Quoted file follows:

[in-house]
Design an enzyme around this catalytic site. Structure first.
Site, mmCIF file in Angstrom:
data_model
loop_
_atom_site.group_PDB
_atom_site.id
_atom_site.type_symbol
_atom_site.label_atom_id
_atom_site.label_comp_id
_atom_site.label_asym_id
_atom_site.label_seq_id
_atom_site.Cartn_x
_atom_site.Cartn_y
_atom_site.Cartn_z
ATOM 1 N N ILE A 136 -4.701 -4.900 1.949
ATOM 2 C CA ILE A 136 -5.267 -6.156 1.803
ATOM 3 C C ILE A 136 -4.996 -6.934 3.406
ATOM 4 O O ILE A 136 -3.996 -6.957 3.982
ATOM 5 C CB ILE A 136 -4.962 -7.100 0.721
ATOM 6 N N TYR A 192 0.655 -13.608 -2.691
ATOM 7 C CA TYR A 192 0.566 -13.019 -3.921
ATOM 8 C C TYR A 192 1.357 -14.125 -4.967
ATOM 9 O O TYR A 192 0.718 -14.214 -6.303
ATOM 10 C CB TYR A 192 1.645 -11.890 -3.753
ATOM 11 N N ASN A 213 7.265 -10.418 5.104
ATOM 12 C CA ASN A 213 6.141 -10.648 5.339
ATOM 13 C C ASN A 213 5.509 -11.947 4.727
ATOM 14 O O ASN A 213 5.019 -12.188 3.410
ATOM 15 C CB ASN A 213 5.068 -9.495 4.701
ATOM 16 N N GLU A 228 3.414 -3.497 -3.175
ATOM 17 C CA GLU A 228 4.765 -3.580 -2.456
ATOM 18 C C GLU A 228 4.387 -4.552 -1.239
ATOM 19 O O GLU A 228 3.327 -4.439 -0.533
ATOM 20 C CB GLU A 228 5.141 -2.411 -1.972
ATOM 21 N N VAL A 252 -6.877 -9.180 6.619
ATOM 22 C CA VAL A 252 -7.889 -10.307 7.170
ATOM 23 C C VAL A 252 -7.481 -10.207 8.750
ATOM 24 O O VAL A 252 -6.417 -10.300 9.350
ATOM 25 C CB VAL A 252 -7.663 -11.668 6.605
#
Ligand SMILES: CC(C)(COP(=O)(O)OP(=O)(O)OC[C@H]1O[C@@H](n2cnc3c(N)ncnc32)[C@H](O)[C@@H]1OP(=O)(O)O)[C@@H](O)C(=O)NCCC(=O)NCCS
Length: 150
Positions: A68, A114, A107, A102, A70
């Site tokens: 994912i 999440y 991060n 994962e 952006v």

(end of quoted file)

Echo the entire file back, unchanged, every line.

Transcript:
[in-house]
Design an enzyme around this catalytic site. Structure first.
Site, mmCIF file in Angstrom:
data_model
loop_
_atom_site.group_PDB
_atom_site.id
_atom_site.type_symbol
_atom_site.label_atom_id
_atom_site.label_comp_id
_atom_site.label_asym_id
_atom_site.label_seq_id
_atom_site.Cartn_x
_atom_site.Cartn_y
_atom_site.Cartn_z
ATOM 1 N N ILE A 136 -4.701 -4.900 1.949
ATOM 2 C CA ILE A 136 -5.267 -6.156 1.803
ATOM 3 C C ILE A 136 -4.996 -6.934 3.406
ATOM 4 O O ILE A 136 -3.996 -6.957 3.982
ATOM 5 C CB ILE A 136 -4.962 -7.100 0.721
ATOM 6 N N TYR A 192 0.655 -13.608 -2.691
ATOM 7 C CA TYR A 192 0.566 -13.019 -3.921
ATOM 8 C C TYR A 192 1.357 -14.125 -4.967
ATOM 9 O O TYR A 192 0.718 -14.214 -6.303
ATOM 10 C CB TYR A 192 1.645 -11.890 -3.753
ATOM 11 N N ASN A 213 7.265 -10.418 5.104
ATOM 12 C CA ASN A 213 6.141 -10.648 5.339
ATOM 13 C C ASN A 213 5.509 -11.947 4.727
ATOM 14 O O ASN A 213 5.019 -12.188 3.410
ATOM 15 C CB ASN A 213 5.068 -9.495 4.701
ATOM 16 N N GLU A 228 3.414 -3.497 -3.175
ATOM 17 C CA GLU A 228 4.765 -3.580 -2.456
ATOM 18 C C GLU A 228 4.387 -4.552 -1.239
ATOM 19 O O GLU A 228 3.327 -4.439 -0.533
ATOM 20 C CB GLU A 228 5.141 -2.411 -1.972
ATOM 21 N N VAL A 252 -6.877 -9.180 6.619
ATOM 22 C CA VAL A 252 -7.889 -10.307 7.170
ATOM 23 C C VAL A 252 -7.481 -10.207 8.750
ATOM 24 O O VAL A 252 -6.417 -10.300 9.350
ATOM 25 C CB VAL A 252 -7.663 -11.668 6.605
#
Ligand SMILES: CC(C)(COP(=O)(O)OP(=O)(O)OC[C@H]1O[C@@H](n2cnc3c(N)ncnc32)[C@H](O)[C@@H]1OP(=O)(O)O)[C@@H](O)C(=O)NCCC(=O)NCCS
Length: 150
Positions: A68, A114, A107, A102, A70
């Site tokens: 994912i 999440y 991060n 994962e 952006v």